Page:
Share this article on:

A Longitudinal Study of Strength and Gait after Arthroscopic Partial Meniscectomy

HALL, MICHELLE1; WRIGLEY, TIM V.1; METCALF, BEN R.1; HINMAN, RANA S.1; DEMPSEY, ALASDAIR R.2,3; MILLS, PETER M.2; CICUTTINI, FLAVIA M.4; LLOYD, DAVID G.2; BENNELL, KIM L.1

Medicine & Science in Sports & Exercise: November 2013 - Volume 45 - Issue 11 - p 2036–2043
doi: 10.1249/MSS.0b013e318299982a
Clinical Sciences

Purpose: Individuals after arthroscopic partial meniscectomy (APM) are at increased risk of developing knee osteoarthritis (OA). Knee muscle weakness and a higher external knee adduction moment (KAM) are potential risk factors for knee OA. This exploratory longitudinal study assessed these risk factors at baseline in an APM group (3 months after surgery) and control group, and again 2 yrs later (follow-up).

Methods: Eighty-two participants with medial APM and 38 healthy controls were assessed at baseline, with 66 (79%) and 23 (61%), respectively, retested at follow-up. Outcome measures included isokinetic knee muscle strength and medial knee joint load inferred through indices of the KAM during normal and fast-pace walking.

Results: Knee muscle strength was reduced by 14%–16% in the APM leg compared with controls at baseline (P ≤ 0.006). However, strength increased in the APM leg over the 2 yrs such that there were no differences compared with controls at follow-up. KAM impulse was at least 20% higher for the APM group (both legs) when compared with controls at baseline and remained similarly higher 2 yrs later (P ≤ 0.022). At baseline peak, KAM was 18% higher in the APM leg as compared with controls only during fast-pace walking (P = 0.013). The peak KAM increased over the 2 yrs in the APM leg by 8%–9% (P ≤ 0.032), although there were no differences in change in KAM between the APM leg and controls.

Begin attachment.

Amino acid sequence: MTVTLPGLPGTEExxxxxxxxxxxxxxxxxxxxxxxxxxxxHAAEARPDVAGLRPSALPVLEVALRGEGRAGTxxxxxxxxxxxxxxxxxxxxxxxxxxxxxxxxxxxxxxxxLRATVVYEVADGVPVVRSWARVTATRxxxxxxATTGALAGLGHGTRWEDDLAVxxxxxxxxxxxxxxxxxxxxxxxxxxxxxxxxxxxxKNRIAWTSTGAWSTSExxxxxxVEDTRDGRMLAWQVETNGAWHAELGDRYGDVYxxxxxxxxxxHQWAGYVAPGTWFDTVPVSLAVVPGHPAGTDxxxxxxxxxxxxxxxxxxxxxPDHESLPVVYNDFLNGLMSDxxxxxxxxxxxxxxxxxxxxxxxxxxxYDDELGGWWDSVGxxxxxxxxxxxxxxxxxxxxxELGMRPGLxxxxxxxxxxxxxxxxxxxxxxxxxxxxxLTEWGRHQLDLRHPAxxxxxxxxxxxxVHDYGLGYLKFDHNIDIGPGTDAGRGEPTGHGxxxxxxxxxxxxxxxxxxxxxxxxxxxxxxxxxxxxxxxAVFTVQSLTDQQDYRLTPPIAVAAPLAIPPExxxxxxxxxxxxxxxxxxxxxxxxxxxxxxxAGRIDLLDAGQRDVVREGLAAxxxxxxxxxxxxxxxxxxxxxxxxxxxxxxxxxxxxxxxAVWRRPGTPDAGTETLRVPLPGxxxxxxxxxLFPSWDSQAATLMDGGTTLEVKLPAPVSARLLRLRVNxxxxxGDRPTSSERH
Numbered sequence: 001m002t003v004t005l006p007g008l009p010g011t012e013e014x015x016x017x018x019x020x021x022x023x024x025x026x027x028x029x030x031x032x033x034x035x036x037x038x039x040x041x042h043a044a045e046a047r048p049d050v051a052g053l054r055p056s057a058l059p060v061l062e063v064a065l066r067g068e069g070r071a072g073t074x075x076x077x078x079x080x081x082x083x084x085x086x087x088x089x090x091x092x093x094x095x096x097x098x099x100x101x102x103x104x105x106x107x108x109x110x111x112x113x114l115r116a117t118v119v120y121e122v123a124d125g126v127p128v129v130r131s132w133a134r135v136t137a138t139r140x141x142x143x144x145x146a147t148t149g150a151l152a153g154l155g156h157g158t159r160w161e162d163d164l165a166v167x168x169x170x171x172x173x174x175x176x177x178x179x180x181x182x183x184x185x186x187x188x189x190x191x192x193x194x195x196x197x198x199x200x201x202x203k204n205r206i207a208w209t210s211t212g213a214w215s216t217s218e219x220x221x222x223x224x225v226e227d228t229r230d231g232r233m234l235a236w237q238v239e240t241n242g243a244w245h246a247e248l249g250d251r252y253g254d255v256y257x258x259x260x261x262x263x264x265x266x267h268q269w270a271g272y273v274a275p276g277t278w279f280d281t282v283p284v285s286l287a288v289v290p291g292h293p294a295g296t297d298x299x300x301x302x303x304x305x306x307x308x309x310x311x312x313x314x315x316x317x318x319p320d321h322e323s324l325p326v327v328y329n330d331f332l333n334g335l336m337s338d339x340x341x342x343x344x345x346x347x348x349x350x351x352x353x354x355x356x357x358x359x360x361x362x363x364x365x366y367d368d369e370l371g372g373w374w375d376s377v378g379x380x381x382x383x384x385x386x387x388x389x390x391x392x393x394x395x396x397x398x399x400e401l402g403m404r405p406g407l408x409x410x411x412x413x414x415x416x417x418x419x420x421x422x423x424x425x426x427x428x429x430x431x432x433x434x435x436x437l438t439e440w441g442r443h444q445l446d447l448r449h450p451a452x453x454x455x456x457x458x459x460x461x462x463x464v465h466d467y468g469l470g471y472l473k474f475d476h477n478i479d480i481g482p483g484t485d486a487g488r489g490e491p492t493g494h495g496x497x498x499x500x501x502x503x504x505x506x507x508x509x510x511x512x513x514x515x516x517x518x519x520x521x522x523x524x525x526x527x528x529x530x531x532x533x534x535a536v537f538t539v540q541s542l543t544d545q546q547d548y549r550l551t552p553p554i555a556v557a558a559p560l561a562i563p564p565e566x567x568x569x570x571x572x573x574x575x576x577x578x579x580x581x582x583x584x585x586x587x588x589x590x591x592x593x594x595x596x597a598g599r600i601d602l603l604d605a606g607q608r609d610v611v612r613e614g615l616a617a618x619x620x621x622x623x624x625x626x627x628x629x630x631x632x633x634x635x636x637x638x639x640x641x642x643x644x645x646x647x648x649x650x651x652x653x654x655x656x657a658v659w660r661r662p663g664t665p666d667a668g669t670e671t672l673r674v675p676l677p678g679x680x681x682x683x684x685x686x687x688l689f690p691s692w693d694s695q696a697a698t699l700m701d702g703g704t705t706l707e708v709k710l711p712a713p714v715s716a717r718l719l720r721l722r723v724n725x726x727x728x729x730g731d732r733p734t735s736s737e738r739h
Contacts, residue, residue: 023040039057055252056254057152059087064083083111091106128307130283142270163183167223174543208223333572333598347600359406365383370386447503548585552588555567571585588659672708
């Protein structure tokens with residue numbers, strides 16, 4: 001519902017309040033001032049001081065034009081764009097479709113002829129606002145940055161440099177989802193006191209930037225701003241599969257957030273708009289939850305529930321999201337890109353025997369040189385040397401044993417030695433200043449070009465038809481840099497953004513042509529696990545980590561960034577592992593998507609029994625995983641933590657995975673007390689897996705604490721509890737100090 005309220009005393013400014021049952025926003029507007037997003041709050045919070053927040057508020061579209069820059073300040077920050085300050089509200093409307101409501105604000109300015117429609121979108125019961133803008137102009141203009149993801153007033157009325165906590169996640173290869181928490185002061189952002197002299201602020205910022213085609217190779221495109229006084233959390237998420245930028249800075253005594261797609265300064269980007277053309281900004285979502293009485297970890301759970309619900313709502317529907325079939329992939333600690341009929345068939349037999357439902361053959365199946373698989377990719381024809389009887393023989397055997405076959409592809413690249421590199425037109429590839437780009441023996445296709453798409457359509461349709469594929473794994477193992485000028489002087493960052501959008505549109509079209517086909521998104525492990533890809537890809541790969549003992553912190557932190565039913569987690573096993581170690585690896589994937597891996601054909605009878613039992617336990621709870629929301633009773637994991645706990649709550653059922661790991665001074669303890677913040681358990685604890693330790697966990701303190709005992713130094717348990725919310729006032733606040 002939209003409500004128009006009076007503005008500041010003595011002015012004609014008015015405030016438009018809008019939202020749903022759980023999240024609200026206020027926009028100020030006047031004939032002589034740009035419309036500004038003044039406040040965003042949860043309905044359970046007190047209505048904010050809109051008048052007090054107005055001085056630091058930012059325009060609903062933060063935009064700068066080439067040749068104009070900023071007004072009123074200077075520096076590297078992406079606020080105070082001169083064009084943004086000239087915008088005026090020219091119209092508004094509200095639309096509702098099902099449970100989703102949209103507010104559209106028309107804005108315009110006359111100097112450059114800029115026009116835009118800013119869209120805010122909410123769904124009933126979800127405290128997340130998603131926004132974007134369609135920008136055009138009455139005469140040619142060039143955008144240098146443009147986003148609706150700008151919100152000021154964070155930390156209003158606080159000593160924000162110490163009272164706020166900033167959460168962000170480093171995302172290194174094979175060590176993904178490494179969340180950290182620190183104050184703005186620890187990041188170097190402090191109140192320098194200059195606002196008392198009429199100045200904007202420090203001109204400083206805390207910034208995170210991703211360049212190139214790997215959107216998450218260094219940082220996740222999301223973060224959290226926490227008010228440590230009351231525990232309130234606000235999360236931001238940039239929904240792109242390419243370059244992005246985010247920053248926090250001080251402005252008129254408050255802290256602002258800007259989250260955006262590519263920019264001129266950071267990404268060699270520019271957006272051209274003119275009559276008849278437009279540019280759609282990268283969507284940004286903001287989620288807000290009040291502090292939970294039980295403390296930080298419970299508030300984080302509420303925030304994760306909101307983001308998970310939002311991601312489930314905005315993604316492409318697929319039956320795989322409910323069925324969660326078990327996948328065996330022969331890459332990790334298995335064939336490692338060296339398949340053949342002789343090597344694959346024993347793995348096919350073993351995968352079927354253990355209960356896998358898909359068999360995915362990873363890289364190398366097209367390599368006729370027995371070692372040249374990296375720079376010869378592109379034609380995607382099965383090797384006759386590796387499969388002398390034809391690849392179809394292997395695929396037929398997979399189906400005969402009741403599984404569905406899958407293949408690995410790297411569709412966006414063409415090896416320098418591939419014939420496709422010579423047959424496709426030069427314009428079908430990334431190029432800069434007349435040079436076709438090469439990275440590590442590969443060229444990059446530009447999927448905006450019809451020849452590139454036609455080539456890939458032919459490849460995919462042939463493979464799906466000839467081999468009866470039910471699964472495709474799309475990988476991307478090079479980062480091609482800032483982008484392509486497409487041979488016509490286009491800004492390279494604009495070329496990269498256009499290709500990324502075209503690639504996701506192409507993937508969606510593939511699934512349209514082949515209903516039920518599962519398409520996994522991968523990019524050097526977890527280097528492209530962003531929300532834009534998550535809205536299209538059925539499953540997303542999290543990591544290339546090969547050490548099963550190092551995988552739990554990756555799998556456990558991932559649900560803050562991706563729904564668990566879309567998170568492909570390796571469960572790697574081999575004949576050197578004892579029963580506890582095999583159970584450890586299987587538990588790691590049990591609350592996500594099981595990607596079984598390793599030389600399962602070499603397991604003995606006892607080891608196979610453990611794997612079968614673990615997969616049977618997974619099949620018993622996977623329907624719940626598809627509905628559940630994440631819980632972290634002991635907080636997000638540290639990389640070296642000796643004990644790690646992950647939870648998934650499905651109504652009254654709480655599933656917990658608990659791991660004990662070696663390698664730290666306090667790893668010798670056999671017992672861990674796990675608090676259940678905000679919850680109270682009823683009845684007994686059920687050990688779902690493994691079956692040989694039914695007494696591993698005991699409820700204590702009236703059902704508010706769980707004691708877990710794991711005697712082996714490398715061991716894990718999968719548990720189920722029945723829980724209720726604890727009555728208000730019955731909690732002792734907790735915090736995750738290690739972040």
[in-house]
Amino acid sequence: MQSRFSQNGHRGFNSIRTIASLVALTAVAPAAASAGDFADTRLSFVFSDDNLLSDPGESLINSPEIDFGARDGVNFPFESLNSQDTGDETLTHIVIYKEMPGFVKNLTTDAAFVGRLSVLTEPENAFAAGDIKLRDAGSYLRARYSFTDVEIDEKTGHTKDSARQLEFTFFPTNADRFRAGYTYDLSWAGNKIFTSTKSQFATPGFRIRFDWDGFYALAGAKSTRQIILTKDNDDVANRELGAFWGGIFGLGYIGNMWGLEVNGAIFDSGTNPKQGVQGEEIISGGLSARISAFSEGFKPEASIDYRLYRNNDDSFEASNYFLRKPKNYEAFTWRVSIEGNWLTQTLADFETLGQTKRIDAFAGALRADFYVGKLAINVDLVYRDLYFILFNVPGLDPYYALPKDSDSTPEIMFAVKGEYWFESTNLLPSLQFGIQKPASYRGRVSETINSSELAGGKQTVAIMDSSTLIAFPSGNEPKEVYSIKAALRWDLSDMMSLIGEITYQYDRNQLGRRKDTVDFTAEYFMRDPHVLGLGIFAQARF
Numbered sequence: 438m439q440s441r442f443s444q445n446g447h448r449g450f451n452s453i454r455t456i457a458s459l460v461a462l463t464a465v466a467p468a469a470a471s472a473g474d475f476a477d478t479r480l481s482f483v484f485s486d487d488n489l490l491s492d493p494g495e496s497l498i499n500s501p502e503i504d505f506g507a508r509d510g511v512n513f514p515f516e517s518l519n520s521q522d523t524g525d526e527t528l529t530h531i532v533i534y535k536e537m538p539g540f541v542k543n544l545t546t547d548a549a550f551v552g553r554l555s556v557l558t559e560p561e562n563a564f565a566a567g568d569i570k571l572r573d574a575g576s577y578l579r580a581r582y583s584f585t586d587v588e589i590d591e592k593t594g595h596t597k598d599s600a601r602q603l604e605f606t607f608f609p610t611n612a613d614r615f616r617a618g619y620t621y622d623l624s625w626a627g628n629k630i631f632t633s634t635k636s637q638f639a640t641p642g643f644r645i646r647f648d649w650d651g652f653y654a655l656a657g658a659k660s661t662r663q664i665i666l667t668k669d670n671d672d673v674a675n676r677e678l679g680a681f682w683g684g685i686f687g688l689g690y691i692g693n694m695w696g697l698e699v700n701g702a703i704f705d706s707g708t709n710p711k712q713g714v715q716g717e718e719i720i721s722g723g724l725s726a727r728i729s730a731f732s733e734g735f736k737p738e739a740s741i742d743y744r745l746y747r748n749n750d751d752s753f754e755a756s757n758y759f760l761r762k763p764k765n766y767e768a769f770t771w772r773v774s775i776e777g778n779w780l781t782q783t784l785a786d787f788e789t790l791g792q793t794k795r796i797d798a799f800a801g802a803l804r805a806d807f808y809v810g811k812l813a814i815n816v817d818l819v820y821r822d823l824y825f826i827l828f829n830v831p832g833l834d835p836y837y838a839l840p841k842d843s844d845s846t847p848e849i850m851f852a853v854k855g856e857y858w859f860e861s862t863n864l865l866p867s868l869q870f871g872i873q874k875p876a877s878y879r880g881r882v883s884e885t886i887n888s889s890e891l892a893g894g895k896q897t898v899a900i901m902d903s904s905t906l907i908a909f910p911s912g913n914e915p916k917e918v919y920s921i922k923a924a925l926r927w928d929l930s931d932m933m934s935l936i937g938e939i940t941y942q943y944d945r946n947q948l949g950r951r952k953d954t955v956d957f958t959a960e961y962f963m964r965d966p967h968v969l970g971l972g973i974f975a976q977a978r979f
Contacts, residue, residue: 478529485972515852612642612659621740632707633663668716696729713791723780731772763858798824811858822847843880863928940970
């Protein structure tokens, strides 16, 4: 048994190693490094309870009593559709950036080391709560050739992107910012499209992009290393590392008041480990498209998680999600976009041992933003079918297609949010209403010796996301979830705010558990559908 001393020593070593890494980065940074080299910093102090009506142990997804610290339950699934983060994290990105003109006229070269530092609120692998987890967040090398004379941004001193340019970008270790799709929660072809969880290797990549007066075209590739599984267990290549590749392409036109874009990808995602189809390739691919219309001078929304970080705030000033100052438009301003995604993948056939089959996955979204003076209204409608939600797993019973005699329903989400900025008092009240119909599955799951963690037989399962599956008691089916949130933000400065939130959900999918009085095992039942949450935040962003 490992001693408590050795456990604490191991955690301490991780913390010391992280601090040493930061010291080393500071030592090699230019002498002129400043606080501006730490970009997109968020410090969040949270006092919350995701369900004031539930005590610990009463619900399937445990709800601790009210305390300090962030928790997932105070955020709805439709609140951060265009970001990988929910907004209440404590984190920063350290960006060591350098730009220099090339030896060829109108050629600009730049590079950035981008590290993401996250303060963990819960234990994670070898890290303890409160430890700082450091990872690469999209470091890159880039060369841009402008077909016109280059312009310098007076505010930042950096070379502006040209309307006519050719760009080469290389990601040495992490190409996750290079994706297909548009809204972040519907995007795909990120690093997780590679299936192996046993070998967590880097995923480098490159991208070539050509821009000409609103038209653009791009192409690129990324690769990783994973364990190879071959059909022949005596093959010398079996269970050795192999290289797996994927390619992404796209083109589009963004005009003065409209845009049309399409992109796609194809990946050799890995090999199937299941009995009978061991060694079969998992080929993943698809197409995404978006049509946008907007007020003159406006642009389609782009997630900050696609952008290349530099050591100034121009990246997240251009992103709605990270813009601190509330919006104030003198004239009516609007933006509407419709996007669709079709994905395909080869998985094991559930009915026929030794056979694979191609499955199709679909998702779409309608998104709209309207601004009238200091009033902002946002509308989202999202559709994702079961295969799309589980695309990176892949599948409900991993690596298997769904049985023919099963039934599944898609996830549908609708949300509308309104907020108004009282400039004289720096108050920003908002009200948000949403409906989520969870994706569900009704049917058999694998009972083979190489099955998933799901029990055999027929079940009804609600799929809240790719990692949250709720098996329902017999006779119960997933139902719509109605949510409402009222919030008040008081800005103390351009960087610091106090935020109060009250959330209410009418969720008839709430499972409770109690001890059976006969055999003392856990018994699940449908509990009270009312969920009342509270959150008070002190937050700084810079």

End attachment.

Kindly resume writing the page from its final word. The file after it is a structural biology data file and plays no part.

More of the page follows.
Conclusion: This study found that although knee muscle strength improved, dynamic medial joint load increased over the 2 yrs after APM surgery. These findings may aid in developing therapeutic interventions aimed to prevent or delay the onset of knee OA after APM.

1Department of Physiotherapy, Centre for Health, Exercise and Sports Medicine, School of Health Sciences, The University of Melbourne, Melbourne, VIC, AUSTRALIA; 2Centre for Musculoskeletal Research, Griffith Health Institute, Griffith University, Gold Coast Campus, QLD, AUSTRALIA; 3School of Psychology and Exercise Science, Murdoch University, Perth, WA, AUSTRALIA; and 4Department of Epidemiology and Preventive Medicine, School of Public Health and Preventive Medicine, Monash University, Melbourne, VIC, AUSTRALIA

Address for correspondence: Kim L. Bennell, B.App.Sc.(Physio.), Ph.D., Department of Physiotherapy, Centre for Health, Exercise and Sports Medicine, School of Health Sciences, The University of Melbourne, Melbourne, Victoria 3010, Australia; E-mail: k.bennell@unimelb.edu.au.

Submitted for publication December 2012.

Accepted for publication April 2013.

© 2013 American College of Sports Medicine